A few years later, in August 1903, a letter appeared in the Western Times from ‘A Resident’ complaining about the state of the pleasure ground, “… the householders, who are now subjected to all kinds of annoyances–broken windows, passage doors, etc. Even persons are not safe from stones, and cricket balls.” The Council may have acted, but by 1908, local residents were again complaining about a Council deal to surrender half the area of the pleasure ground for building, in exchange for a larger area at Mount Radford Lawn for another pleasure ground. In the event, the plan did not go through.
Attempts had been made in the 16th Century to improve the road dropping into the little valley of the Chutebrook, but they made little difference to improve the way. A letter in an 1830 edition of the Exeter and Plymouth Gazette describes the drop into the Chute Valley thus:
“… it is more the character of a ravine, than a road, and a principal approach to the city should certainly be made safe. This, however, cannot be said to be the case; this sharp hill is the terror of all nervous and fat people journeying this way in gigs, phaetons and the like, while for carts, waggons, &c. of which they are now becoming numerous in conveying heavy building materials, &c. To and from this neighbourhood, it is really distressing for cattle to drag up over it…”
Comments about the steep slope for carts hauling building materials continued until 1834 when plans were made to smooth out the slopes–but plans are plans, not action and nothing was done by 1836. A model of the proposed viaduct, which was estimated to cost £1,200, was shown in August 1838 by the Turnpike Trustees, with support from Mr Hooper, who coincidentally, was developing St Leonards, and area that would profit from a viaduct. Agreement had to be made between The Commission and Turnpike Trust, and the purchase of several cottages, for clearance. The first stone of the viaduct was laid on 21 December 1838 by Samuel Kingdon. The viaduct was in use by July 1840.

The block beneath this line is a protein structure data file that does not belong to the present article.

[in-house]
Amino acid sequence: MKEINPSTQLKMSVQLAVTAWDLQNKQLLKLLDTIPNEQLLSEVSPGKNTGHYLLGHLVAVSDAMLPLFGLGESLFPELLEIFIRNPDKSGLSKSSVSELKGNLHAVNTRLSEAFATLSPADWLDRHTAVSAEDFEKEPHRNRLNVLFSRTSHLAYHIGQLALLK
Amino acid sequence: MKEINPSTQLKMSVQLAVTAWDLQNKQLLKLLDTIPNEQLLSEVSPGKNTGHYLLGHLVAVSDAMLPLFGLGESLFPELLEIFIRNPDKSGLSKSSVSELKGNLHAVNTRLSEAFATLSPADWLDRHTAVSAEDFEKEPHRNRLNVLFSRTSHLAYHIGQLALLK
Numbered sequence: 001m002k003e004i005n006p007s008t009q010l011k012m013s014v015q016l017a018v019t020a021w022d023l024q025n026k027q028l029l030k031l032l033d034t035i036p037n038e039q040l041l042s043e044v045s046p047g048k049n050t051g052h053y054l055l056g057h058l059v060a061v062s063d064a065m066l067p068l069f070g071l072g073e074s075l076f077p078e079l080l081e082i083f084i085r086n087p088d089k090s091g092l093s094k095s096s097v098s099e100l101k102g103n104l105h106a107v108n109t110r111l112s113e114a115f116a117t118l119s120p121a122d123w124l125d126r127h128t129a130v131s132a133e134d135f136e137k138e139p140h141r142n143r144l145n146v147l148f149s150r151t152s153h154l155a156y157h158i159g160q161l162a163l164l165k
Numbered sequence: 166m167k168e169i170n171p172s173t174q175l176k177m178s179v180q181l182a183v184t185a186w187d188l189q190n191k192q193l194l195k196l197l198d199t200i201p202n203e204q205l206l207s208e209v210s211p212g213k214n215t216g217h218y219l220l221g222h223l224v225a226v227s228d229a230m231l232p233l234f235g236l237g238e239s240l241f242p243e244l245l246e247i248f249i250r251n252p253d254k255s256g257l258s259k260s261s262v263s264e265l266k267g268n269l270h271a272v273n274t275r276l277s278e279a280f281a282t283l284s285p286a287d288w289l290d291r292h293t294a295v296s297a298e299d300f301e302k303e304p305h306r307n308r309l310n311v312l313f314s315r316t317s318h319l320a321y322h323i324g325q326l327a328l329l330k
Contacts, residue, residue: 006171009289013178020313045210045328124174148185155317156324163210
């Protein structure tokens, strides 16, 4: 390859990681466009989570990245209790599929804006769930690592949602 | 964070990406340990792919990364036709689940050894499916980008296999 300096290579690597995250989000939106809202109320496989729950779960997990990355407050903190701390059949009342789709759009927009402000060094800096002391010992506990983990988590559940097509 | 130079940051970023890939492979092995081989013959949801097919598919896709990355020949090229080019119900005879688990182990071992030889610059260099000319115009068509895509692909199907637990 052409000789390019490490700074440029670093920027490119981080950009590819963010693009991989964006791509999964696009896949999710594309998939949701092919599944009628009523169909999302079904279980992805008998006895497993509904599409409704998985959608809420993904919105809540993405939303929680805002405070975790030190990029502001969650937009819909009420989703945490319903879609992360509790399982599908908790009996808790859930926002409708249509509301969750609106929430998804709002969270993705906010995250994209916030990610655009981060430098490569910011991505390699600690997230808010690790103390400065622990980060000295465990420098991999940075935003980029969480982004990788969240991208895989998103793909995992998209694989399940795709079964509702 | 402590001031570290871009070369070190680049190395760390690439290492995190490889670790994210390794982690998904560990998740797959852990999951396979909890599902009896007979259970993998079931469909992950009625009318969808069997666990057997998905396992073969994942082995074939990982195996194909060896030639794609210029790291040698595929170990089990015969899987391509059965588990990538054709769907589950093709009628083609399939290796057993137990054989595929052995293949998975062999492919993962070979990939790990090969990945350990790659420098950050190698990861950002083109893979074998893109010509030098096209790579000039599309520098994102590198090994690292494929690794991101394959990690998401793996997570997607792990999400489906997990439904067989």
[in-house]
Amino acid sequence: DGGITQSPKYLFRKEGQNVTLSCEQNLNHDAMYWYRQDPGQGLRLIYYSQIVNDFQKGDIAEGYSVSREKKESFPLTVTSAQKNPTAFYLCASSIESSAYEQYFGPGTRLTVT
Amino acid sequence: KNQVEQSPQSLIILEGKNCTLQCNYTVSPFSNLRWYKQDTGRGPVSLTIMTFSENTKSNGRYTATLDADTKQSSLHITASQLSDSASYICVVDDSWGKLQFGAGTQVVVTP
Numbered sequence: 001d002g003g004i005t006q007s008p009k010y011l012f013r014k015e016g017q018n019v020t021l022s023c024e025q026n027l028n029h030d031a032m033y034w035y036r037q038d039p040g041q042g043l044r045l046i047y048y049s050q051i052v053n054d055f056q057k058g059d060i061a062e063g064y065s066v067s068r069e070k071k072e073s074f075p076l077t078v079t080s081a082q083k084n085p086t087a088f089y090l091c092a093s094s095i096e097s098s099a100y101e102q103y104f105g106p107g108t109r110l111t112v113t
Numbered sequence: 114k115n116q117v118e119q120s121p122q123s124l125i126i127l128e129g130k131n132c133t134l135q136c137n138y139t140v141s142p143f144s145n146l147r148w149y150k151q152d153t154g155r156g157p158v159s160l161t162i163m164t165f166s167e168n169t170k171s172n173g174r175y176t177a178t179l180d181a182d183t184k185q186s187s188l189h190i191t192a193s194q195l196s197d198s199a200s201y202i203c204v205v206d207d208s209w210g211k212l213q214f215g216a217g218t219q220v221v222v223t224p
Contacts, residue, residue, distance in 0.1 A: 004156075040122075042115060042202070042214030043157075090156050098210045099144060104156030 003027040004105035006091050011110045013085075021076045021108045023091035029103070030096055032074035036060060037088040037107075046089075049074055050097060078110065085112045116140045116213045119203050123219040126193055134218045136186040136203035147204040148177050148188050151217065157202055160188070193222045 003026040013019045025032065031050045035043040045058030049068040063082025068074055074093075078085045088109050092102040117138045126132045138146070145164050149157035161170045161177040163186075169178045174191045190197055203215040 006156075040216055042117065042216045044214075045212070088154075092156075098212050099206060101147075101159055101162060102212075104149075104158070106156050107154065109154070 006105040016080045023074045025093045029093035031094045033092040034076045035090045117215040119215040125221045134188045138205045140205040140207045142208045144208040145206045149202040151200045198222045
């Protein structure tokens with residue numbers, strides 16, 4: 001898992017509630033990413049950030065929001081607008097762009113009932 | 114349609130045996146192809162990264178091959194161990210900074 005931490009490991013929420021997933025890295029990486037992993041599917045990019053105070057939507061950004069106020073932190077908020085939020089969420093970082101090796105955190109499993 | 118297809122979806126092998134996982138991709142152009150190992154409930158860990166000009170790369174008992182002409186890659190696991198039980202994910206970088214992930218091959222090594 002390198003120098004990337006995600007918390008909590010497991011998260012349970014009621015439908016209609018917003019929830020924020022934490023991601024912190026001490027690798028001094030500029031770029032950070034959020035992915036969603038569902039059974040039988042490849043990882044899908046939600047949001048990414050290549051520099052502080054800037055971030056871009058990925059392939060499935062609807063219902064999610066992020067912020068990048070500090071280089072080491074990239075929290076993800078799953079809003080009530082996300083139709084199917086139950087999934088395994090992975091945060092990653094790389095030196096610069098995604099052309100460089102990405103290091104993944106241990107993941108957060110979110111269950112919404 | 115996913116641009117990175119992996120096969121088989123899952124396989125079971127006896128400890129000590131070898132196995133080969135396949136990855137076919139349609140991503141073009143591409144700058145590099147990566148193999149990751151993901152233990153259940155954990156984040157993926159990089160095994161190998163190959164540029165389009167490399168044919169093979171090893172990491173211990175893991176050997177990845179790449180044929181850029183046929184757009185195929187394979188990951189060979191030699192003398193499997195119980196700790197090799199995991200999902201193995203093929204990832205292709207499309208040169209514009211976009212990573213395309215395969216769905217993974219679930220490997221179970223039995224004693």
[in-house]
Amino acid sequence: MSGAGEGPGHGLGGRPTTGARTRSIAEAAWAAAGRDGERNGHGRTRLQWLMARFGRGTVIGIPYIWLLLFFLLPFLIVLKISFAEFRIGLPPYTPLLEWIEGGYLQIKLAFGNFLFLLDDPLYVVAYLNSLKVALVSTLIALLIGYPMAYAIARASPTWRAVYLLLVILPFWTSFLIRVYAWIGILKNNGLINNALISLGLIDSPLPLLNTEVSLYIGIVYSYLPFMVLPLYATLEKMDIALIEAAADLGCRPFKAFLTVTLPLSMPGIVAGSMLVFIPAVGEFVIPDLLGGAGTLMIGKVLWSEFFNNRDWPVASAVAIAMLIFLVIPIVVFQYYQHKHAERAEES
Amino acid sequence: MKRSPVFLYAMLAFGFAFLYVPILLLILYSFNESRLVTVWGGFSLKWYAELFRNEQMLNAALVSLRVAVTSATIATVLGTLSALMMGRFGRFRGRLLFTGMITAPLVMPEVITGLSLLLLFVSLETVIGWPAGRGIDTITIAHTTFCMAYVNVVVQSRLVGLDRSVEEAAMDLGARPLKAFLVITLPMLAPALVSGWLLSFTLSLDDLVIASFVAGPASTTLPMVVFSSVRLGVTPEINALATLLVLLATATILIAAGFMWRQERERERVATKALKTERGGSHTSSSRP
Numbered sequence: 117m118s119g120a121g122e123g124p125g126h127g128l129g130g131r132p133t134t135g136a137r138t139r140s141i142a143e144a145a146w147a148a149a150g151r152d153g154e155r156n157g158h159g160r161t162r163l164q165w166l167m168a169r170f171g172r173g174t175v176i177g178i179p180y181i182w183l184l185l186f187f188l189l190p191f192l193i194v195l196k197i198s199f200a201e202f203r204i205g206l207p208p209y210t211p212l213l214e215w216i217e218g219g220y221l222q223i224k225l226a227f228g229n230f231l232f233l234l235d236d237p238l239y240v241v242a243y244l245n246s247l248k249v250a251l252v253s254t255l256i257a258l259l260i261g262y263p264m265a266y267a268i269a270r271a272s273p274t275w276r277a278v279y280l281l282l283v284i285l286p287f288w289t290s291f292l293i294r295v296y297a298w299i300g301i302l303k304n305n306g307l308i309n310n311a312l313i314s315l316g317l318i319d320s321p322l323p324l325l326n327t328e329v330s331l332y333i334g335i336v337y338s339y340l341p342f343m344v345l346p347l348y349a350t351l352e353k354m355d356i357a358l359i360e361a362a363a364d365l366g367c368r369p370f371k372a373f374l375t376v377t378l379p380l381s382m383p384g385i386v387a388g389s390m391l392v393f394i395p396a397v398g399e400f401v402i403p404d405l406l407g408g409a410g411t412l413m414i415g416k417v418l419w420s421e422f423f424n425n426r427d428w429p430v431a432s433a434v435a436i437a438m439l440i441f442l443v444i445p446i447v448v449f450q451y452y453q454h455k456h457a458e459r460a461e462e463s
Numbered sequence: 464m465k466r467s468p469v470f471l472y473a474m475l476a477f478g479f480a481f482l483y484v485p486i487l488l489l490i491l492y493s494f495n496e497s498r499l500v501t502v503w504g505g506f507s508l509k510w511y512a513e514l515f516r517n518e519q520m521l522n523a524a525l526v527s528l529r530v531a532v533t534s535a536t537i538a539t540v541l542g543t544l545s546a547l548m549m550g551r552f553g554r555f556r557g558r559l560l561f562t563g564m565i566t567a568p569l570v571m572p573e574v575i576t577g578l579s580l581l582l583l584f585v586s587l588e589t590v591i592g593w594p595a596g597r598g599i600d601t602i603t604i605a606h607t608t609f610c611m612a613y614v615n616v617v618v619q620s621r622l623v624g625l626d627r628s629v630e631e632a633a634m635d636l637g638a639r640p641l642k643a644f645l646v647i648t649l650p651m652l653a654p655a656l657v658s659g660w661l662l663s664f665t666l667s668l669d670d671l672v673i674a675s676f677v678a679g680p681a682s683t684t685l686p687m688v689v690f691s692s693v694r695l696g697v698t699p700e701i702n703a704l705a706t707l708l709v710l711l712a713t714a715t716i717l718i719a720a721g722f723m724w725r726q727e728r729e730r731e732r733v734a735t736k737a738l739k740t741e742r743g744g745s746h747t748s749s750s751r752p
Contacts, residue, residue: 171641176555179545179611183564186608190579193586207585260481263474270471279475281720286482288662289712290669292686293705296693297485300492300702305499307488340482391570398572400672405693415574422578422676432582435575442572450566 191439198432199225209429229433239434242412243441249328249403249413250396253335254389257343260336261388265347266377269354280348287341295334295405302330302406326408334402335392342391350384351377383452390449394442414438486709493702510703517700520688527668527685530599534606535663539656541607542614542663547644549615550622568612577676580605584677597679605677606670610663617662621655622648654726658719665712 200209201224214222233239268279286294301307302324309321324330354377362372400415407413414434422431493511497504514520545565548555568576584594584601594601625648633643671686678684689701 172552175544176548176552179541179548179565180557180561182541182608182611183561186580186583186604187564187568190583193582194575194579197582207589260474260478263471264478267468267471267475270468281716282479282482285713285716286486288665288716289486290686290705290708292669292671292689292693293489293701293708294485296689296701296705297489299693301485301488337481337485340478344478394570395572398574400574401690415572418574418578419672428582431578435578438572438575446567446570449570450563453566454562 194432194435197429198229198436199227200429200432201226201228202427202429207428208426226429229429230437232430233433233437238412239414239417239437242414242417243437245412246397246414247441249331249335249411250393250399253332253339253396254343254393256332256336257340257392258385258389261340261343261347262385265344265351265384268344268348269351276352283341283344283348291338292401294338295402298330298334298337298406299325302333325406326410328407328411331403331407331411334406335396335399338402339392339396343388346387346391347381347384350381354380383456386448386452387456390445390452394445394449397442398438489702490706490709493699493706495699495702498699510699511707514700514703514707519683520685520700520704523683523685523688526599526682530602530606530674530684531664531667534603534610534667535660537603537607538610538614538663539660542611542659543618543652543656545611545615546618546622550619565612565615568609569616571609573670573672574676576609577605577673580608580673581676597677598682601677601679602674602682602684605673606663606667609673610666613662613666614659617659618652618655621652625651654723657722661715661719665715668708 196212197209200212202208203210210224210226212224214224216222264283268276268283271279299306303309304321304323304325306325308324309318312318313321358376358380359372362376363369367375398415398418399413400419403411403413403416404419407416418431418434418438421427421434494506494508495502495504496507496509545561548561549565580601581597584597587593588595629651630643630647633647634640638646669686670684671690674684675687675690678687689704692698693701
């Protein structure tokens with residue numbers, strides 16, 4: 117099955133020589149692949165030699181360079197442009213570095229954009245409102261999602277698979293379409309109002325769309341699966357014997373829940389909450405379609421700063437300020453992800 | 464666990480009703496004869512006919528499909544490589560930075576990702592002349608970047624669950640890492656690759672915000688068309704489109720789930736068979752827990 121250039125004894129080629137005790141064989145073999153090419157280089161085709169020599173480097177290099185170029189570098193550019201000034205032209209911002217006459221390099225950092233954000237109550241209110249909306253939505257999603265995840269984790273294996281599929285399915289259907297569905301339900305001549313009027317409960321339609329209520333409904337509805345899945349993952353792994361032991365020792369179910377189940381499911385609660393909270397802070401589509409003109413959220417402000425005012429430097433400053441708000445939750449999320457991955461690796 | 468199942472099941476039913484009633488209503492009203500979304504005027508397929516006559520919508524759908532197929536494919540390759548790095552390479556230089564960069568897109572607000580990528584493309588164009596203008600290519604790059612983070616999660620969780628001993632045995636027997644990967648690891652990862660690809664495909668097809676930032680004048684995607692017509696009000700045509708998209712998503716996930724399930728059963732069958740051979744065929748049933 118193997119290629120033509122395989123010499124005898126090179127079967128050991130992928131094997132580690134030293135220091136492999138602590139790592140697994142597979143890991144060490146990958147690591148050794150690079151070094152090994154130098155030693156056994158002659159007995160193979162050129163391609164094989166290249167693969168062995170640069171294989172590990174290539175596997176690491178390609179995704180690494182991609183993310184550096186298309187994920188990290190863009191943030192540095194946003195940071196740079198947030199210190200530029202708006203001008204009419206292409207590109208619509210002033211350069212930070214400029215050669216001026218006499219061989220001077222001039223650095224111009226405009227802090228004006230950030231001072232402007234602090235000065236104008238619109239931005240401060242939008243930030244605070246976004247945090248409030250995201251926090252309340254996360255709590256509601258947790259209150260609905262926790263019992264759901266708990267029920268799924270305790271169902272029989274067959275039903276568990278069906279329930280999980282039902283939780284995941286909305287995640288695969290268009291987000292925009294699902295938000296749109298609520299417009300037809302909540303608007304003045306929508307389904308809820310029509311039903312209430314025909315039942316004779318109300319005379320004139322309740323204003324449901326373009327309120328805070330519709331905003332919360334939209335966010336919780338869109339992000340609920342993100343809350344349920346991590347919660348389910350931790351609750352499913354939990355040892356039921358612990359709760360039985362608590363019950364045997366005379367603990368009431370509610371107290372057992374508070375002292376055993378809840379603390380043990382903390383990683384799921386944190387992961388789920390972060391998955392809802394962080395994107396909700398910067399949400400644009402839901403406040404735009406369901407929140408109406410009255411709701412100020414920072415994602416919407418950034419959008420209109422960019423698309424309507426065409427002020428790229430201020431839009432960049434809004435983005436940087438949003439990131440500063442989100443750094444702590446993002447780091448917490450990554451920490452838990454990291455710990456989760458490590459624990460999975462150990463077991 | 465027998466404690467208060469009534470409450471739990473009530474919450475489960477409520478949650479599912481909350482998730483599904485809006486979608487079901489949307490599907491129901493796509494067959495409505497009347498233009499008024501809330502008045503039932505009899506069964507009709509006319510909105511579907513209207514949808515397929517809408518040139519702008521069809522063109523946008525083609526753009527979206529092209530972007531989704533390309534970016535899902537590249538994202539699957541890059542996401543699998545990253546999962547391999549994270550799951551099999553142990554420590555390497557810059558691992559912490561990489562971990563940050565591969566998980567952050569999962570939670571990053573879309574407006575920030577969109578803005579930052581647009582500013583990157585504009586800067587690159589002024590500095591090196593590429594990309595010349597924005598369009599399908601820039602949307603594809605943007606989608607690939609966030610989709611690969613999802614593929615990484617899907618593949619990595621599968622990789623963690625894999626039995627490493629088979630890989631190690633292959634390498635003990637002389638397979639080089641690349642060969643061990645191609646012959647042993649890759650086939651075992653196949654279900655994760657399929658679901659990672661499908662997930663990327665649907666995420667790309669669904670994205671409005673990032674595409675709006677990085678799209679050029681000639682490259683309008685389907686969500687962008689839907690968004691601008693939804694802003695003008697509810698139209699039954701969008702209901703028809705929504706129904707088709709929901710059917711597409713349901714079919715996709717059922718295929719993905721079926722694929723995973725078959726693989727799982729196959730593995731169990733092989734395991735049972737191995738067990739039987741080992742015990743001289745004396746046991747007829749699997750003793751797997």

There was a substantial amount of earth used to cross the culvert–a retaining wall of Pocombe stone was built on each side, capped with Dartmoor granite. An arch was constructed at one end, just before Bull Hill, for the Chutebrook to flow through. The Bull Meadow car park on the corner of the inner by-pass and Magdalen Road is also at the level of the bottom of the valley, as is Bull Meadow itself. When the inner bypass was being planned in the 1950s, one design routed the road in the form of an overpass across Bull Meadow to meet Holloway Street near Melbourne Street. The actual bypass necessitated the removal of the retaining wall on one side as the road was raised above the valley floor.
The modern pleasure ground is much loved by locals. The City Council have created a small meadow of long grasses to boost insects for the local bat population, and installed nesting boxes to encourage the birds. Now the park contains a play area for children with a five-a-side pitch for children. There is also seating suitable for people to picnic.
Source: British Newspaper Archive, Discovering Exeter: St Leonard's by Gilbert Venn